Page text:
Former champ Chris Weidman and lawmakers push for legal mixed martial arts in New York
Jan 27, 2016 06:39 AM EST
Chris Weidman, an ex- mixed martial arts champion told reporters at the state Capitol on Tuesday in Albany, New York that he wants to have his title back. And he even insisted that he wants to fight in New York even though mixed martial arts is banned in the city.
The Long Island native, who is alongside the lawyers stated that he desires to fight in Madison Square Garden, which is a short train ride away for fans and fellow fighters who train at the Garden City gym to be present at the event. Moreover, Republican Senator Joseph Griffo claimed that the Senate will vote again to make the sport legal this year.
"I want to congratulate everybody for being here because it's probably a historic event. It's going to be the last time that we come here to lobby for MMA," Weidman told reporters and legislators at the Capitol in Albany via ABC NEWS. He continued by stating, "The next time we'll be actually fighting here."
Right after the fighter made a comment, lawmakers backed up his statement. "It makes no sense why New York is the last place in North America, not only the United States, even the provinces of Canada allow the sport," stated Griffo via CBS New York. He added, "So I'm hopeful that we'll get this accomplished and New Yorkers now can spectate or participate in something that is taking place across our country."
Assembly Majority Leader Joseph Morelle, a Democrat, then stated that they're getting "very close" to having enough Assembly votes to pass the legislation to legalize the sport in New York. He claimed that they had a majority of sponsors at the end of last year, but there was a logistical concern with a number of members away from the Capitol.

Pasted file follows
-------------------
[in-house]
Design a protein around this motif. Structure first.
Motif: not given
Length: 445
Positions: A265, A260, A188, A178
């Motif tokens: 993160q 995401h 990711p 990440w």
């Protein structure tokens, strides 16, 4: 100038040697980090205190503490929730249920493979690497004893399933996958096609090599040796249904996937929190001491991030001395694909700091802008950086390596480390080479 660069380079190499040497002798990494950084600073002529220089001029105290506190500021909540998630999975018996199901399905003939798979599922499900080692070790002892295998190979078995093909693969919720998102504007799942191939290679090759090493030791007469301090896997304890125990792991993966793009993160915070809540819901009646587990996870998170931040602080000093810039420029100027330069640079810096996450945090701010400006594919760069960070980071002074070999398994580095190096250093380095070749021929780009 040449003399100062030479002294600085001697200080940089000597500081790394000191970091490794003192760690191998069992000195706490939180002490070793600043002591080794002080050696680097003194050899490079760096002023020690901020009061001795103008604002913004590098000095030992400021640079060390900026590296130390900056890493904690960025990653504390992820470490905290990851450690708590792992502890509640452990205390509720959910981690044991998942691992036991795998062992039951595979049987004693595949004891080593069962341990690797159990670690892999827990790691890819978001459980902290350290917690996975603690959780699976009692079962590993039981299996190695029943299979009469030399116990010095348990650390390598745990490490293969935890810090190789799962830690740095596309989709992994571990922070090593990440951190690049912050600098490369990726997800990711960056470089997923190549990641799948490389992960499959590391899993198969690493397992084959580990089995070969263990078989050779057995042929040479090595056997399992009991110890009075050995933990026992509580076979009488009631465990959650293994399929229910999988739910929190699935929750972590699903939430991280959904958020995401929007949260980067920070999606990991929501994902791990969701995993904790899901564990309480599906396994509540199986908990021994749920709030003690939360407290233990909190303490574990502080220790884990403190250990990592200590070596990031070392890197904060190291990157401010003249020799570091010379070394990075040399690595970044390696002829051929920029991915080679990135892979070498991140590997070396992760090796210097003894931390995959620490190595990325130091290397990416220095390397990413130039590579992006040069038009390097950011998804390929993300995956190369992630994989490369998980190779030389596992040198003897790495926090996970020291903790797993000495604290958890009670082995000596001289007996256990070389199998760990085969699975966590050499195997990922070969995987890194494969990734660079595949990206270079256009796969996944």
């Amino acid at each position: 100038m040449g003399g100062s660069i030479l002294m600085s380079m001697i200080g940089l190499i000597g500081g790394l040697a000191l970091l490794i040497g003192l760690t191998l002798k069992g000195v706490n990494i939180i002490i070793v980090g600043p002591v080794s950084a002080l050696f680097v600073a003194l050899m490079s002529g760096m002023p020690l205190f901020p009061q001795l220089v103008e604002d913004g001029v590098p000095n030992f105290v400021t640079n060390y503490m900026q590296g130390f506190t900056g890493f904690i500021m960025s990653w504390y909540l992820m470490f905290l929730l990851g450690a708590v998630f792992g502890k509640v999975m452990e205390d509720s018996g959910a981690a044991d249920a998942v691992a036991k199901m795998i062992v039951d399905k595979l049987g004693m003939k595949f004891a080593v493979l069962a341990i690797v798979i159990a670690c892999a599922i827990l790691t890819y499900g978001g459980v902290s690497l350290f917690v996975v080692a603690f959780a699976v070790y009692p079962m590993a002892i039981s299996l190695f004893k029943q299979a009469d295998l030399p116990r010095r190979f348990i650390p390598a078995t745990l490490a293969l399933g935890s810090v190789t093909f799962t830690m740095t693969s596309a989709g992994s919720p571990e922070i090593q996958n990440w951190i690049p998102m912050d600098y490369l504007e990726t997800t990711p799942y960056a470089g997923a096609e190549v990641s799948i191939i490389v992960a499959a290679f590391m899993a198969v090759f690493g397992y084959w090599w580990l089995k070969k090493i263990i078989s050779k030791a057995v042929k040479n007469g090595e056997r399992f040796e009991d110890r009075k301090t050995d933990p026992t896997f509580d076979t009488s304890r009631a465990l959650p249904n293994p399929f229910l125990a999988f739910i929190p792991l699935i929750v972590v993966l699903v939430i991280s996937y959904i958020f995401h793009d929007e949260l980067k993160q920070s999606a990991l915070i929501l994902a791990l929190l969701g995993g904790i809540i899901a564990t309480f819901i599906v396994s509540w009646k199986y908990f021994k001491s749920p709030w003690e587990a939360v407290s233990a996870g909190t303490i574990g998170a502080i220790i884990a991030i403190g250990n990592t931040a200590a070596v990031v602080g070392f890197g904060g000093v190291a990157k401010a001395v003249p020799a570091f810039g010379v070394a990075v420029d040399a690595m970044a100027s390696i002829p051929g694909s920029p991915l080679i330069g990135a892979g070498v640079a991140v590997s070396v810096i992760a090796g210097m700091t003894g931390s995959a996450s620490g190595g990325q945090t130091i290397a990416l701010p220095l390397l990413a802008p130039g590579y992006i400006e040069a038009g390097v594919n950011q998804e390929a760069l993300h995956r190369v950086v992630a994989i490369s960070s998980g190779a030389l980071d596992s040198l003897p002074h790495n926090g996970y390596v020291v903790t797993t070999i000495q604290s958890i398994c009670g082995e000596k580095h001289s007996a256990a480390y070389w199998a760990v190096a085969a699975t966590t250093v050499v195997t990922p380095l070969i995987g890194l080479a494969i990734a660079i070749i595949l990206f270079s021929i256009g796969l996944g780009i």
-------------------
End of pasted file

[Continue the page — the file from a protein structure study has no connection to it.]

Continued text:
"My goal is to make sure this is done, regulated and enacted," said Morelle. And if they persuade enough sponsors and if the Assembly Democratic Conference backs the sponsors, then the bill could pass quickly.
In the past, assembly critics blocked the bill, claiming that mix martial arts composed of boxing, kick boxing, and jiu-jitsu is such an aggressive sport. They also initially included the Assembly Speaker Sheldon Silver, which was replaced as leader last year following his corruption charges.
Amateur MMA fighters train and even compete in New York. Morelle's legislation would place all combat sports under the jurisdiction of the New York State Athletic Commission that now monitors the pro boxing or other authorized sanctioning body, as reported by Herald Courier.
This would also mean that the required insurance for fighters will heighten and this will authorize a group of state authorities to recommend a funding method for long-term care of these MMA fighter who developed generative brain problems from the injuries they suffer during their fights.
For now, Weidman cannot promise that the sport would not be as violent as it is, but it is just the same as any other sport like football and cheerleading that require physical contact. He insisted that what needs to be done is proper regulation of the sport. As of the moment, UFC is getting excited as the legalization of the sport will bring more promoters, meaning thousands of fans and money.